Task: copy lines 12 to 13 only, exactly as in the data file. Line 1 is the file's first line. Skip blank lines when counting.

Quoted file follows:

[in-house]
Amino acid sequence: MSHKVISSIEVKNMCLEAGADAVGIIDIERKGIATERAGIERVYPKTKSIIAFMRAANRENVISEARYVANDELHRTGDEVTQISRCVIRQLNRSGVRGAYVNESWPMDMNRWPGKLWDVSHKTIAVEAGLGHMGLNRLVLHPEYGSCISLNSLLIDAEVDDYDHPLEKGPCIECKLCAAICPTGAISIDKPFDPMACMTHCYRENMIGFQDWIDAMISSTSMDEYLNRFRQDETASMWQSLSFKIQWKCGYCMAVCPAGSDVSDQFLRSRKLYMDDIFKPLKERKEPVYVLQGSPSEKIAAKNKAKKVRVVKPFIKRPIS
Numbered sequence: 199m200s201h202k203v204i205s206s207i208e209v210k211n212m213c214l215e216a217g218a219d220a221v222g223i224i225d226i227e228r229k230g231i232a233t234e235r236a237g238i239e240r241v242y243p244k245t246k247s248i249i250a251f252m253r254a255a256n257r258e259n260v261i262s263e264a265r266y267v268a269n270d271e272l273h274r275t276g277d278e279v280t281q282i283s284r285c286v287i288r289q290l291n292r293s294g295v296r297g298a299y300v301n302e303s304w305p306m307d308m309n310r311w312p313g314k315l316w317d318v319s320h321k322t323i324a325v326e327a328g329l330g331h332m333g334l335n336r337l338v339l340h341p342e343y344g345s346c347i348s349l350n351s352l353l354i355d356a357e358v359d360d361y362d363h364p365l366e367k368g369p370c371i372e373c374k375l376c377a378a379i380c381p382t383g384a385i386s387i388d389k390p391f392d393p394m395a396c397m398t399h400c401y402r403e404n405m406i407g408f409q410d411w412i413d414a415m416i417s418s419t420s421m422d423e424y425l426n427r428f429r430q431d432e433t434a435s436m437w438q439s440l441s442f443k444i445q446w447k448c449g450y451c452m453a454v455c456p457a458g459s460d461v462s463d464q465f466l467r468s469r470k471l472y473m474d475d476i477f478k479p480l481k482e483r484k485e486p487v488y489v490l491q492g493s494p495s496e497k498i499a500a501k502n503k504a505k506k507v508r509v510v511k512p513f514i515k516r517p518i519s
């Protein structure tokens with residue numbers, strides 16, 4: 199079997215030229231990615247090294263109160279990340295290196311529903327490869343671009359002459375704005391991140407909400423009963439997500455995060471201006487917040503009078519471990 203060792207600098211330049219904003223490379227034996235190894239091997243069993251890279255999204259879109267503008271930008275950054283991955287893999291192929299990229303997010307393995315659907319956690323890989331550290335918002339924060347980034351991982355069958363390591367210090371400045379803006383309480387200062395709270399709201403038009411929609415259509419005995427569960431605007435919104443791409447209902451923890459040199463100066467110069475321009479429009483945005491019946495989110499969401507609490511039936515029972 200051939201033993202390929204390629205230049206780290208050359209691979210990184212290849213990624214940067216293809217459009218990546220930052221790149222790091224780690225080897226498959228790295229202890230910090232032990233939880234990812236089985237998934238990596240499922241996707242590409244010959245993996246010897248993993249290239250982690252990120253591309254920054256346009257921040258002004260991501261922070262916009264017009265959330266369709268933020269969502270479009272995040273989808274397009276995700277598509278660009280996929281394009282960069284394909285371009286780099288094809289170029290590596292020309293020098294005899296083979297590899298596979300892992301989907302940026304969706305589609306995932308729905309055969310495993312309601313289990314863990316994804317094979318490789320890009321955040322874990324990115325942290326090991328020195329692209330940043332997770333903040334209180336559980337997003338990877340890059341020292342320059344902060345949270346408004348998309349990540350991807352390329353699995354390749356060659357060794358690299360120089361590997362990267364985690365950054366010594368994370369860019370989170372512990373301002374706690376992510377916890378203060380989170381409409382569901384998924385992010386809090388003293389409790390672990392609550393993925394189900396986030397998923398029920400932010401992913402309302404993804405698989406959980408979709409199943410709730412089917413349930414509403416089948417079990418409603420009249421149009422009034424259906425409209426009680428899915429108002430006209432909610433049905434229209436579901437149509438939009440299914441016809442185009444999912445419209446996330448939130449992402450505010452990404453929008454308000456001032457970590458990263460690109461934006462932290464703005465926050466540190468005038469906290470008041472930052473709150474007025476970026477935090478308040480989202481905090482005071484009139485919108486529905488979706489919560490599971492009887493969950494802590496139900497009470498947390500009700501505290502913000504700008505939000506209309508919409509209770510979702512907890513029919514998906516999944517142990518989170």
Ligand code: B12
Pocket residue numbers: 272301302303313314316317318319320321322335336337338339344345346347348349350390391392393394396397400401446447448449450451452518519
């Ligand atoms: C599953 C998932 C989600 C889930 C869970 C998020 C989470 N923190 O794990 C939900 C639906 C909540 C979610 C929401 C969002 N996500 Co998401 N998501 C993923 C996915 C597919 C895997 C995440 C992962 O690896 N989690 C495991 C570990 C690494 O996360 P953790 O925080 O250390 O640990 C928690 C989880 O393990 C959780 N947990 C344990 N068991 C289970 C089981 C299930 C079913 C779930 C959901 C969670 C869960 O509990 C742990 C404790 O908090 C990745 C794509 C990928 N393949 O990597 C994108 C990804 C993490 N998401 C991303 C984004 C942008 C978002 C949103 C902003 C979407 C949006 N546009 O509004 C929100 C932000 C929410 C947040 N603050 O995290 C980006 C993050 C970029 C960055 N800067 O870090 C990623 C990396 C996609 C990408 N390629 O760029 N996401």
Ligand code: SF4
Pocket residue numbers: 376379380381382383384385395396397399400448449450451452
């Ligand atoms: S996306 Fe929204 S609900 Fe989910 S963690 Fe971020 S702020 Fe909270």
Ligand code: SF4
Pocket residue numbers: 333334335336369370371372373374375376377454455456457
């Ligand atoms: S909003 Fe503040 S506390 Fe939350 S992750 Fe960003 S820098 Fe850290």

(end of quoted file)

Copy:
Pocket residue numbers: 333334335336369370371372373374375376377454455456457
């Ligand atoms: S909003 Fe503040 S506390 Fe939350 S992750 Fe960003 S820098 Fe850290």